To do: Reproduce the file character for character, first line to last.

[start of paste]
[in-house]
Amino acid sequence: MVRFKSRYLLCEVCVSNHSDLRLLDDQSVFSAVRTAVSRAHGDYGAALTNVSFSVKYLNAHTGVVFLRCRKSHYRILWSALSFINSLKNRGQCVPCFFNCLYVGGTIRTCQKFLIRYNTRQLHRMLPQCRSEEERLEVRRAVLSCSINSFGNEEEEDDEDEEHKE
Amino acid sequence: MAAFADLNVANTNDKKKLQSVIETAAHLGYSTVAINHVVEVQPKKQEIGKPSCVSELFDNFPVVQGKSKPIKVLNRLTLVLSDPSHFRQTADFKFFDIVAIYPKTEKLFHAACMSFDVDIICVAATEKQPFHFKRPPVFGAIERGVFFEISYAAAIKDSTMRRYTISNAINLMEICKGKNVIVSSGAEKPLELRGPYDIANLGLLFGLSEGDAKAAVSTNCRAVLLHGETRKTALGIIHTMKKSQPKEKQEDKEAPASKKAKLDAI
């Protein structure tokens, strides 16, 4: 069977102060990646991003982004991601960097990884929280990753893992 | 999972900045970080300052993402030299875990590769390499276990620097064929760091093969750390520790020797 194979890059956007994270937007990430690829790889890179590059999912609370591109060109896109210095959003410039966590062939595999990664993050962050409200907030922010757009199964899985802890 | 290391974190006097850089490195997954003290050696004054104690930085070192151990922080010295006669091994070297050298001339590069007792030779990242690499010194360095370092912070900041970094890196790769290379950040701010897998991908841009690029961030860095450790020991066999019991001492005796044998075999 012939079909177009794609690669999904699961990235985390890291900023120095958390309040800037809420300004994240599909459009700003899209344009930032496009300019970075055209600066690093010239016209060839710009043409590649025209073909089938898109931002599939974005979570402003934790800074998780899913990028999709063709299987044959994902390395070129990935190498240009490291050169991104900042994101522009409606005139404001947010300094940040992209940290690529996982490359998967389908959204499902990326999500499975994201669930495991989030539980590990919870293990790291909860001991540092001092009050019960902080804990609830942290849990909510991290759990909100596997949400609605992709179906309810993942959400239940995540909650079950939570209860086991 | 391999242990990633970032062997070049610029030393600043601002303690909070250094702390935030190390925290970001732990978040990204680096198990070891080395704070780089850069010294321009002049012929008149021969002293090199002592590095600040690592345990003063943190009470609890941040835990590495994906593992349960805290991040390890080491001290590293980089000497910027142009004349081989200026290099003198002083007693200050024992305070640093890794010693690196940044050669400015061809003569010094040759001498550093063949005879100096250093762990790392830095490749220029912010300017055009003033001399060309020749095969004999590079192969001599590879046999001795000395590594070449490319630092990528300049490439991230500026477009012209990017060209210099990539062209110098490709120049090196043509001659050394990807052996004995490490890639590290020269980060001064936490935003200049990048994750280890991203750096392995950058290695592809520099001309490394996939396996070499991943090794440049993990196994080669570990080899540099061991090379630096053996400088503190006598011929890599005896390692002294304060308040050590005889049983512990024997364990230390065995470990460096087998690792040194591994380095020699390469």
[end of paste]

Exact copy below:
[in-house]
Amino acid sequence: MVRFKSRYLLCEVCVSNHSDLRLLDDQSVFSAVRTAVSRAHGDYGAALTNVSFSVKYLNAHTGVVFLRCRKSHYRILWSALSFINSLKNRGQCVPCFFNCLYVGGTIRTCQKFLIRYNTRQLHRMLPQCRSEEERLEVRRAVLSCSINSFGNEEEEDDEDEEHKE
Amino acid sequence: MAAFADLNVANTNDKKKLQSVIETAAHLGYSTVAINHVVEVQPKKQEIGKPSCVSELFDNFPVVQGKSKPIKVLNRLTLVLSDPSHFRQTADFKFFDIVAIYPKTEKLFHAACMSFDVDIICVAATEKQPFHFKRPPVFGAIERGVFFEISYAAAIKDSTMRRYTISNAINLMEICKGKNVIVSSGAEKPLELRGPYDIANLGLLFGLSEGDAKAAVSTNCRAVLLHGETRKTALGIIHTMKKSQPKEKQEDKEAPASKKAKLDAI
């Protein structure tokens, strides 16, 4: 069977102060990646991003982004991601960097990884929280990753893992 | 999972900045970080300052993402030299875990590769390499276990620097064929760091093969750390520790020797 194979890059956007994270937007990430690829790889890179590059999912609370591109060109896109210095959003410039966590062939595999990664993050962050409200907030922010757009199964899985802890 | 290391974190006097850089490195997954003290050696004054104690930085070192151990922080010295006669091994070297050298001339590069007792030779990242690499010194360095370092912070900041970094890196790769290379950040701010897998991908841009690029961030860095450790020991066999019991001492005796044998075999 012939079909177009794609690669999904699961990235985390890291900023120095958390309040800037809420300004994240599909459009700003899209344009930032496009300019970075055209600066690093010239016209060839710009043409590649025209073909089938898109931002599939974005979570402003934790800074998780899913990028999709063709299987044959994902390395070129990935190498240009490291050169991104900042994101522009409606005139404001947010300094940040992209940290690529996982490359998967389908959204499902990326999500499975994201669930495991989030539980590990919870293990790291909860001991540092001092009050019960902080804990609830942290849990909510991290759990909100596997949400609605992709179906309810993942959400239940995540909650079950939570209860086991 | 391999242990990633970032062997070049610029030393600043601002303690909070250094702390935030190390925290970001732990978040990204680096198990070891080395704070780089850069010294321009002049012929008149021969002293090199002592590095600040690592345990003063943190009470609890941040835990590495994906593992349960805290991040390890080491001290590293980089000497910027142009004349081989200026290099003198002083007693200050024992305070640093890794010693690196940044050669400015061809003569010094040759001498550093063949005879100096250093762990790392830095490749220029912010300017055009003033001399060309020749095969004999590079192969001599590879046999001795000395590594070449490319630092990528300049490439991230500026477009012209990017060209210099990539062209110098490709120049090196043509001659050394990807052996004995490490890639590290020269980060001064936490935003200049990048994750280890991203750096392995950058290695592809520099001309490394996939396996070499991943090794440049993990196994080669570990080899540099061991090379630096053996400088503190006598011929890599005896390692002294304060308040050590005889049983512990024997364990230390065995470990460096087998690792040194591994380095020699390469």